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Analysis - U.S.-Israel Relations After Congressional Elections

Experts speak at Bar-Ilan University on how the relationship between Israel and the United States will be affected by the midterm elections.
By Elad Benari
First Publish: 11/8/2010, 12:16 AM / Last Update: 11/8/2010, 4:15 AM

As part of the "After the 2010 Congressional Elections" conference which was hosted Sunday by Bar-Ilan University's Begin-Sadat (BESA) Center for Strategic Studies, experts spoke about U.S.-Israel Relations, particularly in light of last week’s midterm elections which saw the Republicans gain a majority in the House of Representatives and leave a slim Democratic majority in the  Senate.

Dan Halperin, Former Israeli Economic Minister in Washington, said that under the new situation, both the Administration and Congress have the power to neutralize the other, which he believes may be “a bad omen for the future because if you cannot reach an understanding between the Congress and the Administration on issues like Israel or the economy of the United States, it means that the U.S. government may be paralyzed, and if it’s paralyzed that’s not great for Israel.”

MK Nachman Shai (Kadima), on the other hand, said that he does not see any immediate change and that he believes that the U.S. and Israel will continue to cooperate on many issues, most important which is Iran. “I also expect Israel to show some flexibility when it comes to the negotiations between us and the Palestinians,” added Shai, who said that he believes that Israel should not be involved in any way in American elections. “For us whoever is in government in America should and will appreciate our important strategic role in the Middle East, especially Israel’s democracy and the values that we cherish here and vice versa. Fundamentally there’s not much of a difference between Republicans and Democrats when it comes to Israel and we should keep this bipartisan support.”

Ambassador Yoram Ettinger, Former Israeli Embassy Liaison with Congress, explained that the new stronger Congress will be more confrontational against President Obama, even Democrats who wish to be re-elected next term. “The new Congress is going to be much more pro-Israel than the already pro-Israel current Congress,” said Ettinger. “More House members and even more senators will be driven by tradition, religion, and national security, more anti-UN, more anti-terrorism. Those congressmen are going to have higher respect towards Israel and therefore the capability of the President to pressure Israel is going to be dramatically curtailed pending an Israeli decision to shift its attention back to Congress.”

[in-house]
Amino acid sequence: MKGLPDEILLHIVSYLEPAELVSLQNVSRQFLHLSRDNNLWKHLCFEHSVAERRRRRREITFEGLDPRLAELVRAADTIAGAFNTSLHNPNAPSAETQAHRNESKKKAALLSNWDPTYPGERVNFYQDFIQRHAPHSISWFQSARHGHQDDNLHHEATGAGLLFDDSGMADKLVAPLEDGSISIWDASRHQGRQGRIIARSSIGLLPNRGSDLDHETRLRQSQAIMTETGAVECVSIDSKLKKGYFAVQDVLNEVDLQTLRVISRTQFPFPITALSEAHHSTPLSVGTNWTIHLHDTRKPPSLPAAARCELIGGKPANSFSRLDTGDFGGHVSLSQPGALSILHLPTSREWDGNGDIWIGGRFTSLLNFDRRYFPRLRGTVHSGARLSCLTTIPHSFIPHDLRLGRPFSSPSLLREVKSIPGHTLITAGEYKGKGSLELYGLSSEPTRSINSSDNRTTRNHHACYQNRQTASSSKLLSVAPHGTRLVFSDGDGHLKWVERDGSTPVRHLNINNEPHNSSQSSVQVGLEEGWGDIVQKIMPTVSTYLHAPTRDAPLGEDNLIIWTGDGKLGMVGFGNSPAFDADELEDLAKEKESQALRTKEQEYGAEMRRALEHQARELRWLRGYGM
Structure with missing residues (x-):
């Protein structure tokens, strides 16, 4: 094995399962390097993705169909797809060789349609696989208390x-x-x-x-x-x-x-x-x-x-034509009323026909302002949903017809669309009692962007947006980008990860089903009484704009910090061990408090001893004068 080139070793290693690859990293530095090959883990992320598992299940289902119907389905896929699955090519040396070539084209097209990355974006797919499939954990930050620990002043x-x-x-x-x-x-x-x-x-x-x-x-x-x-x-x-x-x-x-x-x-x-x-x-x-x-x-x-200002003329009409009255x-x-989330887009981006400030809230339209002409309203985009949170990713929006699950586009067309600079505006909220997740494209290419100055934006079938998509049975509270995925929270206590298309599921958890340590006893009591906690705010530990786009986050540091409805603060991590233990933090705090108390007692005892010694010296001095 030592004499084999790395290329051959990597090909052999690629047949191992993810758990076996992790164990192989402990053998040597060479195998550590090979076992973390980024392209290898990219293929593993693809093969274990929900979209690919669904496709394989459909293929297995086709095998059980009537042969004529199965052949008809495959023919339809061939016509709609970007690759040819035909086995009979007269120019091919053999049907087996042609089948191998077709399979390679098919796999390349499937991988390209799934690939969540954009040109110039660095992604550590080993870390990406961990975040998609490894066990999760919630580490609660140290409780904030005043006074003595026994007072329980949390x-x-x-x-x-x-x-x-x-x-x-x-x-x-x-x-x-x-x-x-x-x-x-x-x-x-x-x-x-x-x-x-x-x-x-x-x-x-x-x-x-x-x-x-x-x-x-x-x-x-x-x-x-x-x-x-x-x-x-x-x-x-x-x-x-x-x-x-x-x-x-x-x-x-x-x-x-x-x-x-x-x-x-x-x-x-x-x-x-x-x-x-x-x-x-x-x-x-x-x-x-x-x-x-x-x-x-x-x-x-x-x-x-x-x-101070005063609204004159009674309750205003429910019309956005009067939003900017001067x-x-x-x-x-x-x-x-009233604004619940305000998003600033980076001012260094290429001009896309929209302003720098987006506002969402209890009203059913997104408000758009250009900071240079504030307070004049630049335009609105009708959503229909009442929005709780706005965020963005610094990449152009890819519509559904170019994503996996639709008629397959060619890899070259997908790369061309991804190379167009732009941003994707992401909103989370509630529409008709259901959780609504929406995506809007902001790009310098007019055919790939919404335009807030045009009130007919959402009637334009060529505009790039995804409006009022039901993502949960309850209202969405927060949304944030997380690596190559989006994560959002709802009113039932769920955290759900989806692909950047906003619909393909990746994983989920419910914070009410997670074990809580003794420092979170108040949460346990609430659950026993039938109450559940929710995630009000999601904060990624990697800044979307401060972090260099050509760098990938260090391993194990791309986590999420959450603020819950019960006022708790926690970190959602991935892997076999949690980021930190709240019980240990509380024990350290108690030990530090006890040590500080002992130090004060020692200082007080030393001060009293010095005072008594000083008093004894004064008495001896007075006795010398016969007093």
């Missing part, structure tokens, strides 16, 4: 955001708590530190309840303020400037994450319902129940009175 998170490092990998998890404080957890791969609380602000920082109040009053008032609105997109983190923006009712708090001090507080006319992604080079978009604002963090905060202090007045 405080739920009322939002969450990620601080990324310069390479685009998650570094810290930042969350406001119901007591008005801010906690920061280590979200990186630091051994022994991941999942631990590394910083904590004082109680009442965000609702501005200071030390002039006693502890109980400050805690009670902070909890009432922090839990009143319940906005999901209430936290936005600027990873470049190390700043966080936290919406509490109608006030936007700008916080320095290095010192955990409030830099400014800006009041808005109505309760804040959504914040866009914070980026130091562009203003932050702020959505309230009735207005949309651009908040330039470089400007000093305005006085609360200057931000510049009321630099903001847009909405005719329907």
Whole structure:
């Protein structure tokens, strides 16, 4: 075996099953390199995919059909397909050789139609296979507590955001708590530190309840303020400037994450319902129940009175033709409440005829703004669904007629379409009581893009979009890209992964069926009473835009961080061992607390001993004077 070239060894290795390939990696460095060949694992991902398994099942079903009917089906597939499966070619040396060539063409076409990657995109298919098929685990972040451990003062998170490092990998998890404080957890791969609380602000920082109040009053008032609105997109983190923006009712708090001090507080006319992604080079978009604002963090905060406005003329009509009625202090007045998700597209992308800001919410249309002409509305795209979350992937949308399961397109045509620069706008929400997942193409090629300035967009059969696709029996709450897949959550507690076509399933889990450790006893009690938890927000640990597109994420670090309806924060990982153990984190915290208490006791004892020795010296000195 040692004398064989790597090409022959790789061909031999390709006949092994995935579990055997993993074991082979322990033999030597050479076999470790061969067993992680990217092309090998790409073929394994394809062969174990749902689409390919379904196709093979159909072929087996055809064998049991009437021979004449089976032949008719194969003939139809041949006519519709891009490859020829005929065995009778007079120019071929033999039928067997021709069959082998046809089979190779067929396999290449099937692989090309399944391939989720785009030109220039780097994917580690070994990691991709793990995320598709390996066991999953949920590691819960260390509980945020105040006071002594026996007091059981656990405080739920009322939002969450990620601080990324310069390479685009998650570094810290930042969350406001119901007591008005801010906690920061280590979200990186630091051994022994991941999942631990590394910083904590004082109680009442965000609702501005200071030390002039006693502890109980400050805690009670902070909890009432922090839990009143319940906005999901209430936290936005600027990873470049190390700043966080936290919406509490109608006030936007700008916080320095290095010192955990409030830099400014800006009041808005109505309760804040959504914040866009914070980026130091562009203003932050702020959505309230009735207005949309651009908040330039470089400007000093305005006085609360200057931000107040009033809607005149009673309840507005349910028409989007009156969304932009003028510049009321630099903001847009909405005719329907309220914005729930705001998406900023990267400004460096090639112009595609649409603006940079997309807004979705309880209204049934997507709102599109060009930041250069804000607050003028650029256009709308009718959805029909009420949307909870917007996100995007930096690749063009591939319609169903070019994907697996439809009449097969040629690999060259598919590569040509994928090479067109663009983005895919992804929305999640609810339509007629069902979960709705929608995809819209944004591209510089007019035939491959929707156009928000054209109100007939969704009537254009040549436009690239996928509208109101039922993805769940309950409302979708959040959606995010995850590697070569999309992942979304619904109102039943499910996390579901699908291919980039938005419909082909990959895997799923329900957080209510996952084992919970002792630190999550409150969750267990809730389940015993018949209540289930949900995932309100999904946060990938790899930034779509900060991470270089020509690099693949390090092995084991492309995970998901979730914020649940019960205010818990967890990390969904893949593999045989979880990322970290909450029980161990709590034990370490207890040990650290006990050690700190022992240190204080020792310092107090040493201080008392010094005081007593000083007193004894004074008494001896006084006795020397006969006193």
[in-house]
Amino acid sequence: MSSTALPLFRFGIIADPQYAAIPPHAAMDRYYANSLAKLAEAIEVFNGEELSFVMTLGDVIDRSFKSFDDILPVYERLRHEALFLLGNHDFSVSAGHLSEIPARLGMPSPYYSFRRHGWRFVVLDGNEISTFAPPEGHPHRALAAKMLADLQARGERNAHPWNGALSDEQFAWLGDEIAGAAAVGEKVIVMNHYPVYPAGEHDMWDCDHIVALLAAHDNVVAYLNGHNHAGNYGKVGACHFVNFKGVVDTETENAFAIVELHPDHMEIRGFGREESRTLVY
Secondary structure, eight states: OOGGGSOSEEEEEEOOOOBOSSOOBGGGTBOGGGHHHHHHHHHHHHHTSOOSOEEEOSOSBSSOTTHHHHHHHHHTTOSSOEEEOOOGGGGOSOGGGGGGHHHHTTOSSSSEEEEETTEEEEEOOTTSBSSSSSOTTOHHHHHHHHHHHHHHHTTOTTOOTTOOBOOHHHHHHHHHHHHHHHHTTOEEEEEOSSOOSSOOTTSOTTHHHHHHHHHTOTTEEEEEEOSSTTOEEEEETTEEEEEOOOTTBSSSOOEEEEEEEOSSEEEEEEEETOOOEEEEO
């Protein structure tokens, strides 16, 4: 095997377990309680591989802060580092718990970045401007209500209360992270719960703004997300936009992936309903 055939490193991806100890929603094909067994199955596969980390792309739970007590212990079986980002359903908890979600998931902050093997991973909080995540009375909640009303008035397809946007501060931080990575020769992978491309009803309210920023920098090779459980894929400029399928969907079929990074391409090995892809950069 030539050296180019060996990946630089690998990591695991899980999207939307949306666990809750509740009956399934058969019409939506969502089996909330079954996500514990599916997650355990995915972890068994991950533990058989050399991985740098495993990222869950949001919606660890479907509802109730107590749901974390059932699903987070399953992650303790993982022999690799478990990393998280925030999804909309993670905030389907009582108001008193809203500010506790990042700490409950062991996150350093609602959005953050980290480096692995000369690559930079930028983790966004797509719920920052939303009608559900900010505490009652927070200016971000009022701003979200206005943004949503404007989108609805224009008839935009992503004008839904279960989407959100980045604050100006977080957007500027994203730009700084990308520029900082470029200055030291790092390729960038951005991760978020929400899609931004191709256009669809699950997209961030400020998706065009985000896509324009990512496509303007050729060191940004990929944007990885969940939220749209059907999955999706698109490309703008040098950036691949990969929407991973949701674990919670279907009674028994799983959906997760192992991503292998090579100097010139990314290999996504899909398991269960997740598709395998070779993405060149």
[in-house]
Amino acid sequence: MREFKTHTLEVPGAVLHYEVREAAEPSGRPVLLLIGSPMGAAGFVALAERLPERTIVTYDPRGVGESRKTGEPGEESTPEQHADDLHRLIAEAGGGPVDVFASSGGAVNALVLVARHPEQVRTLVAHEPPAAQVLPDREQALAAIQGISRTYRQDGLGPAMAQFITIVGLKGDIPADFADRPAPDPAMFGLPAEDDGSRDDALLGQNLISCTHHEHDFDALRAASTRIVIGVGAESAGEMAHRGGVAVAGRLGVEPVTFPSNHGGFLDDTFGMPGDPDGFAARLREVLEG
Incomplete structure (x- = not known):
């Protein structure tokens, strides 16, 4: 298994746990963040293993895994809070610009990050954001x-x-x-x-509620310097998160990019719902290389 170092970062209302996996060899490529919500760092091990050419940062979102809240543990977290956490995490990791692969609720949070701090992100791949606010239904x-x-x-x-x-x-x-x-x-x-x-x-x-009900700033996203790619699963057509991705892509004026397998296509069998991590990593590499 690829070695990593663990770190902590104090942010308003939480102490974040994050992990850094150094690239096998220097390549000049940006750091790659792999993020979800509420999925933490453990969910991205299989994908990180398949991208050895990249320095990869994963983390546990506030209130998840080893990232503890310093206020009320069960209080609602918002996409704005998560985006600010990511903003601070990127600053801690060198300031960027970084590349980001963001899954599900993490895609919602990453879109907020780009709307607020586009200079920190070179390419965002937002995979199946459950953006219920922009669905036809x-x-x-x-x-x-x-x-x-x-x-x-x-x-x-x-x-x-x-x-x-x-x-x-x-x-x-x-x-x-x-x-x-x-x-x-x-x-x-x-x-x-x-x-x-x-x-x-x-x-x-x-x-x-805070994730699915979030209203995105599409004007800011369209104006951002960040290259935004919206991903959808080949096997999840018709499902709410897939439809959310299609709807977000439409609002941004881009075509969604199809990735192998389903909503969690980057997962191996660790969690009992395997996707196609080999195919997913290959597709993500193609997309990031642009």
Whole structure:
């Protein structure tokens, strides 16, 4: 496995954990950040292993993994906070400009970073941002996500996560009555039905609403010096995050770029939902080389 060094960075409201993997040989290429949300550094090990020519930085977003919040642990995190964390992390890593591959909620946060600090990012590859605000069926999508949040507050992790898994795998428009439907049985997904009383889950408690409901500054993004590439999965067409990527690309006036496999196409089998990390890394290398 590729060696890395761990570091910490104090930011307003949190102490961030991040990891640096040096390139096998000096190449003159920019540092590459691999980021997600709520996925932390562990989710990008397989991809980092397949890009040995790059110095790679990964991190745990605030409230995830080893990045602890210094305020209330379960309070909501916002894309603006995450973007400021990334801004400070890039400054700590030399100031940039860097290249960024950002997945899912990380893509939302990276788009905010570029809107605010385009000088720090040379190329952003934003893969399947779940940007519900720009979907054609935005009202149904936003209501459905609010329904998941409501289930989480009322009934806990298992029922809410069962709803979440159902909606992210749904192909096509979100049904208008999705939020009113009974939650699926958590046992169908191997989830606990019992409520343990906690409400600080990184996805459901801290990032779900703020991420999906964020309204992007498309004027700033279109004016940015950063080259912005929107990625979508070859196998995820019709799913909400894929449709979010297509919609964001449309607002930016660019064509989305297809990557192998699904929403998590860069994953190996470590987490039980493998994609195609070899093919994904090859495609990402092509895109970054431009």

Ettinger advised Prime Minister Binyamin Netanyahu to speak to members of Congress, both Democrats and Republicans. He advised Netanyahu to emphasize collaborative ventures between the U.S. and Israel, and added that a focus should be made on trade, and that joint interests should be highlighted. Ettinger believes that threats to the U.S. from a future Palestinian state should be emphasized as well.

Regarding the Jewish vote in the elections, Halperin said that the Jews continue to vote for the Democrats, despite evidence of a slimmer majority, which he attributed to a trend among women to vote less for Democrats which affected the Jewish vote as well. He explained that historically Jews have not favored Republicans even when a Republican administration is great for Israel as was the Bush Administration.

Ettinger added that “Jews have been on the Democratic side since Franklin Delano Roosevelt. Nothing has changed since then.” He emphasized that the American commitment to Israel is not based on the Jewish vote but rather “on intrinsic U.S. values and U.S. strategic interests which do accept Israel not as a classic foreign policy issue but rather as an issue which is part and parcel of the moral foundation and strategic foundation of the U.S.A.”